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Allen Crabbe still getting in sync

Brooklyn Nets

Back in May, right after his final season in Portland, Allen Crabbe traveled to New York for foot surgery at the Hospital for Special Surgery, Dr. Martin O’Malley presiding. His subsequent rehab inhibited his integration with his new teammates in Brooklyn.

As a result, the 6’6” sharpshooter didn’t start scrimmaging with the guys until September. He opened up about that after Friday’s practice, the first since preseason concluded with a loss to Philly 48 hours prior.

“It was just rehab for me,” he said, describing what he was doing after he was traded in July. “A lot of rehabbing, a lot of individual workouts on the court and in the weight room. That was pretty much my summer. They weren’t trying to rush anything. They were making sure everything was 100 percent.”

The time off didn’t sit well with Crabbe, but he understood. Then, he sprained his ankle in practice, frustrating him further. But as of now, he says there are no complaints, because the health is now where it needs to be.

“I feel good, I feel healthy, so I can’t really complain. The ankle was even more frustrating – it was just more time that was off,” he said. “I was getting into the rhythm, in the groove of training camp, the first two days were good and then I went down with that. Luckily, thank God it wasn’t as serious as we thought it would’ve been. I’m back now just making sure I take care of my body and that it won’t happen again.”

Crabbe is back now, and he summed up the Nets’ 3-1 preseason as “pretty good.” But he also spoke to the group’s defensive deficiencies, which the 76ers exploited, big time in the person of one Joel Embiid.

Crabbe himself didn’t like the way he performed on the defensive end, and says that side of the ball is what needs the most work in Brooklyn.

“Just (need to) tighten up on defense as a team. Individually, myself as well,” he said. “I really didn’t like the way I performed defensively against the Sixers. Our offense with the players that we have, I feel like our offense will click. I feel like we could get baskets out of that pretty simple. Defense is the primary thing we’re focused on heading into the season.”

In speaking to the Nets offense, Crabbe praised Kenny Atkinson for the freedom the head coach has given him and others.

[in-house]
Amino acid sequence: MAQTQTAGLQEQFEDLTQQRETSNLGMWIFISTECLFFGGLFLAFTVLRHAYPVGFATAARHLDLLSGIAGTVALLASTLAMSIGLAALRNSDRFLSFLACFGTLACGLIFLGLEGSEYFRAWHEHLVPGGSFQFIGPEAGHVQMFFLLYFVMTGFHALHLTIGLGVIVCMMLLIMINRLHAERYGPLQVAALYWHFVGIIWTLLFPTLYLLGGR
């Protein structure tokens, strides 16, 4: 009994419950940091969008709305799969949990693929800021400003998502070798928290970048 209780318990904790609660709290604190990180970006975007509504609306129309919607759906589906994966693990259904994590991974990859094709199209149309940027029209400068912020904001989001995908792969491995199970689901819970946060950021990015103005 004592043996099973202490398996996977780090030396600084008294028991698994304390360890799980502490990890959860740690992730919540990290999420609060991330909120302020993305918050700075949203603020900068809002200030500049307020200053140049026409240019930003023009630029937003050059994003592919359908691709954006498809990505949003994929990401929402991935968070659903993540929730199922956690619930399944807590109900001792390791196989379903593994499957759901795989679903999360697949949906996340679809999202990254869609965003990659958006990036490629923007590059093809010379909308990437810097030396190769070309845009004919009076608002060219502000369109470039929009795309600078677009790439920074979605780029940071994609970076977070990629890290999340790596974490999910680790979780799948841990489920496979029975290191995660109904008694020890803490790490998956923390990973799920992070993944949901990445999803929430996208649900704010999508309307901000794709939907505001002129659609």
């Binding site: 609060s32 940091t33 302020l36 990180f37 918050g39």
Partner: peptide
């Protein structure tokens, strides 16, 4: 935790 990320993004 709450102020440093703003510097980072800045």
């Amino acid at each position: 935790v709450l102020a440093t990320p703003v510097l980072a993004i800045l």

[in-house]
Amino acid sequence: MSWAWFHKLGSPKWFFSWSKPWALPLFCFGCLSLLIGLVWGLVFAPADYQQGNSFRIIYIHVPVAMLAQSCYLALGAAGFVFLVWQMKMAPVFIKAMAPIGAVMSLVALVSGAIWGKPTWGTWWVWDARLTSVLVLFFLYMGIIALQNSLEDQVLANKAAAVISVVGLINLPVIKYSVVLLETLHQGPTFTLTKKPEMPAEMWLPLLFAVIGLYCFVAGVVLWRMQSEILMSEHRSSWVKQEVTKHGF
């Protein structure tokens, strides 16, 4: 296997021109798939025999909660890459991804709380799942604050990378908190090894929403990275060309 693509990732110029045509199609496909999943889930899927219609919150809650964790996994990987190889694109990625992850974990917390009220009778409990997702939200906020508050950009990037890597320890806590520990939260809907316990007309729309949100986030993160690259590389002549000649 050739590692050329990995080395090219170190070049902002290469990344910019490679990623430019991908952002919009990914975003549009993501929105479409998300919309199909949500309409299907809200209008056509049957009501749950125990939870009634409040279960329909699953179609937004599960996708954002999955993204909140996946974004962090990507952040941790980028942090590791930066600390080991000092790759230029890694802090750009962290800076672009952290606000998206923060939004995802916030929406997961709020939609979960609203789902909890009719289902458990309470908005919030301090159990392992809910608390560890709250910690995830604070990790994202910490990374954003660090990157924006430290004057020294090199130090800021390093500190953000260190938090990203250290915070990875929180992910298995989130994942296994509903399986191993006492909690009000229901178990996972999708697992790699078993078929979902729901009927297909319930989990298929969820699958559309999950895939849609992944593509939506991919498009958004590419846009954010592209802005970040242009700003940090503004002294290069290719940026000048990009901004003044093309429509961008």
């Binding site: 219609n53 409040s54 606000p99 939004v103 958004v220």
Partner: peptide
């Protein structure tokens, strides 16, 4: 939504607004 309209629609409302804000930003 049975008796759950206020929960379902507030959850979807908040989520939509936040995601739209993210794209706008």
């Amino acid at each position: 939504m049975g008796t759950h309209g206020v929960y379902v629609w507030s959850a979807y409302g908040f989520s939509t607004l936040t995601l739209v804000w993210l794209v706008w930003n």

That could get interesting. Crabbe averaged 3.8 three-point attempts in 28.5 minutes per game last season and shot an NBA second best 44.4% from deep. In the Nets’ pace-and-space system, he’s looking for more, and thinks he’ll get it, in the name of Brooklyn basketball.

“Yeah, I would like more attempts, but the way our offense flows, guys will get shots,” he said. “Coach Atkinson is giving everyone the freedom to do it. If you have an open look, take it. He lets guys make plays. That’s all you can ask from your coach. You don’t have to keep looking over your shoulder if you make a mistake. You can play basketball; you can play it freely. I feel like that’s what most guys like about him – he lets you do what you do.”

The presumed starting line-up at this point has Crabbe at the 3, D’Angelo Russell and Jeremy Lin in the backcourt, with Rondae Hollis-Jefferson and Timofey Mozgov holding down the 4 and 5 slots. But DeMarre Carroll started all four preseason games with Crabbe playing a lesser role.

Crabbe doesn’t care too much about starting, and although he acknowledges that this is the goal of any NBA player, he’s not too caught up in being on the floor at tip-off.

“My job is to just go out there whenever I’m on the court, play good basketball, play team basketball, make plays and make winning plays,” he said. “Whether it’s me starting or coming off the bench, it’s not my call it’s up to the coaches.”

Atkinson says he still hasn’t made him his mind regarding the first five. Crabbe, however, is definitely in the mix.

“It’s still to be determined,” said Atkinson. “Still have to look at everything and he’s a part of that. Look at his progression. That being said I do like how that group played together, that starting five. But nothing is set in stone yet.”

It’s good to have mystery.